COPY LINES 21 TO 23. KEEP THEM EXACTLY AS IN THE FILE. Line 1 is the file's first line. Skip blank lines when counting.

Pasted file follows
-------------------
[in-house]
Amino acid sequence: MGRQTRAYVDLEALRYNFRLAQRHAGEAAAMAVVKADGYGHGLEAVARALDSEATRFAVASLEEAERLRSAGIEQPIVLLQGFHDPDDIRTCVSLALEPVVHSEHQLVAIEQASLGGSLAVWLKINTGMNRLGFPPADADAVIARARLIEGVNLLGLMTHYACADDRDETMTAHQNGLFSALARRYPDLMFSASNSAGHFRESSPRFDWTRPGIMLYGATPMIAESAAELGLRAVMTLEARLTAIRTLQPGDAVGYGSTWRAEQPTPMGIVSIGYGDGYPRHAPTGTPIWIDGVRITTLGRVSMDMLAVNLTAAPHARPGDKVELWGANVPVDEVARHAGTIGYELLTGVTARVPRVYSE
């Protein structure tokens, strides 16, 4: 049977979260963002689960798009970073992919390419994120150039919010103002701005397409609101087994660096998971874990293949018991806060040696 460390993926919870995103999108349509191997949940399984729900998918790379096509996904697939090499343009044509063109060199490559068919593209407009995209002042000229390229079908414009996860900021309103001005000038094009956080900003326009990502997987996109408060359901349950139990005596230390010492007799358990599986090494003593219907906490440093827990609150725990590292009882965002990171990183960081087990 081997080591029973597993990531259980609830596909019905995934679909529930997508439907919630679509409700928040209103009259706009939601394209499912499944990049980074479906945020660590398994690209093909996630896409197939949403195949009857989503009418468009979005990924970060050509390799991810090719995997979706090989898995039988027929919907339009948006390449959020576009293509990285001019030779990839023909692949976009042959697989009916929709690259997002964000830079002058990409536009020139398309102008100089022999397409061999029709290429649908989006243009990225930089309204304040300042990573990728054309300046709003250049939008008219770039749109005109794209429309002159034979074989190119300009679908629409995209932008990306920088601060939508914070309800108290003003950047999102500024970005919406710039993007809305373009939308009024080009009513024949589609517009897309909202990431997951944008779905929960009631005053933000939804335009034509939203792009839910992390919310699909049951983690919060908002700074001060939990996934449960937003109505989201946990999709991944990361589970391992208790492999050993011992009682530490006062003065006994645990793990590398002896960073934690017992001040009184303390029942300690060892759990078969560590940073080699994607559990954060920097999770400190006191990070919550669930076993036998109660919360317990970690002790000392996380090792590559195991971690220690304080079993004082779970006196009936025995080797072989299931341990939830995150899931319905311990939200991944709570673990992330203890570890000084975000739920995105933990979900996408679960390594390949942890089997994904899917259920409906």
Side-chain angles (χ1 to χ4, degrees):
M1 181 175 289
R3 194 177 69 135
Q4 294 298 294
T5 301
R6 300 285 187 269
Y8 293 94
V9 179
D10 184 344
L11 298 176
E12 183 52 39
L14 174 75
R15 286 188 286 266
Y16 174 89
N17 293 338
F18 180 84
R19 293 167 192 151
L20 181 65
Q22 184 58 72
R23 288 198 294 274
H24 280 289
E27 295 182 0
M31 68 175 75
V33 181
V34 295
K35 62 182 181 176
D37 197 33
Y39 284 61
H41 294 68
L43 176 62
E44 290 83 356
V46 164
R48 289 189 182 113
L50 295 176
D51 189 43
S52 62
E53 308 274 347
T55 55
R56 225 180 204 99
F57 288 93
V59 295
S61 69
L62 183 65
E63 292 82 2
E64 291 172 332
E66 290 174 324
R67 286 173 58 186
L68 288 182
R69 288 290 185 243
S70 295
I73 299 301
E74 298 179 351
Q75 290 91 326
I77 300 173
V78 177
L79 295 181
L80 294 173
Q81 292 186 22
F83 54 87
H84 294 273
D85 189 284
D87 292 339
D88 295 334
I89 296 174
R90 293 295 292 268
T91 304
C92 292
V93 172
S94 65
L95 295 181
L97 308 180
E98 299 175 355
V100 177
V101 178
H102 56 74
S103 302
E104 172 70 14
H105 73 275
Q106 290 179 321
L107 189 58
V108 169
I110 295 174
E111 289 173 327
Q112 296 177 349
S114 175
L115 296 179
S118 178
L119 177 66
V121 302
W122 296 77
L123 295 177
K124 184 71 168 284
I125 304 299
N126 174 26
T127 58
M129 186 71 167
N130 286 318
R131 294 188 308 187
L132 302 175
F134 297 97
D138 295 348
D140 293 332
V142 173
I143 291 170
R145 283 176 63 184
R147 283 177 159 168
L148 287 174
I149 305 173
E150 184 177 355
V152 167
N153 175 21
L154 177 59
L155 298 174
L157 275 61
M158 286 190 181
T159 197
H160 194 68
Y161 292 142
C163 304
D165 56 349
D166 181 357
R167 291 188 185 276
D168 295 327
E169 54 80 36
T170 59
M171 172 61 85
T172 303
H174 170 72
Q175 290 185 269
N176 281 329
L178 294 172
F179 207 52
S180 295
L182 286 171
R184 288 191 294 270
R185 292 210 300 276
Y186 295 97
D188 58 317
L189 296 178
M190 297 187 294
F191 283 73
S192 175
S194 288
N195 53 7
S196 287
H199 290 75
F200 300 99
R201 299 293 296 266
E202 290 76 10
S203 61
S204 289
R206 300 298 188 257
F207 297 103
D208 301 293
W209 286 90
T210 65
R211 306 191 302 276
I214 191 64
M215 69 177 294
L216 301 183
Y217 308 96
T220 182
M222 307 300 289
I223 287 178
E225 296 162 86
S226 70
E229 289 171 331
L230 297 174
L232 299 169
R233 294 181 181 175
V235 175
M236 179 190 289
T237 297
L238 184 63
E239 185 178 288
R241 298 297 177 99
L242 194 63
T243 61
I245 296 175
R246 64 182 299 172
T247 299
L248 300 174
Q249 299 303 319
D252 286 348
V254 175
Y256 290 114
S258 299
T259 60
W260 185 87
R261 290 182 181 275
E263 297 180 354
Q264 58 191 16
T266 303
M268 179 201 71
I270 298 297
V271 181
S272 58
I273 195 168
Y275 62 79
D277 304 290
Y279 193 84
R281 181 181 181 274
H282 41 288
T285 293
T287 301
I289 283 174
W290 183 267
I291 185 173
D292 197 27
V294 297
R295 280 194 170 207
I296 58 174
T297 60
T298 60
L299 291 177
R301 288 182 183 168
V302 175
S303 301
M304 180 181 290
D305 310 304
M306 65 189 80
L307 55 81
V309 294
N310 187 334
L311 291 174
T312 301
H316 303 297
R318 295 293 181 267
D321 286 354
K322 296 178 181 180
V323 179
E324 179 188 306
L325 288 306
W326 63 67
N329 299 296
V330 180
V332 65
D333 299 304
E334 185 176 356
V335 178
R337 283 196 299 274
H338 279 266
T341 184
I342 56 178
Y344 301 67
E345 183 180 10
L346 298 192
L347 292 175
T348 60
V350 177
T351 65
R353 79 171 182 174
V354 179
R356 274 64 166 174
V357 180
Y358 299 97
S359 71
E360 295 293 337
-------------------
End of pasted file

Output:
L20 181 65
Q22 184 58 72
R23 288 198 294 274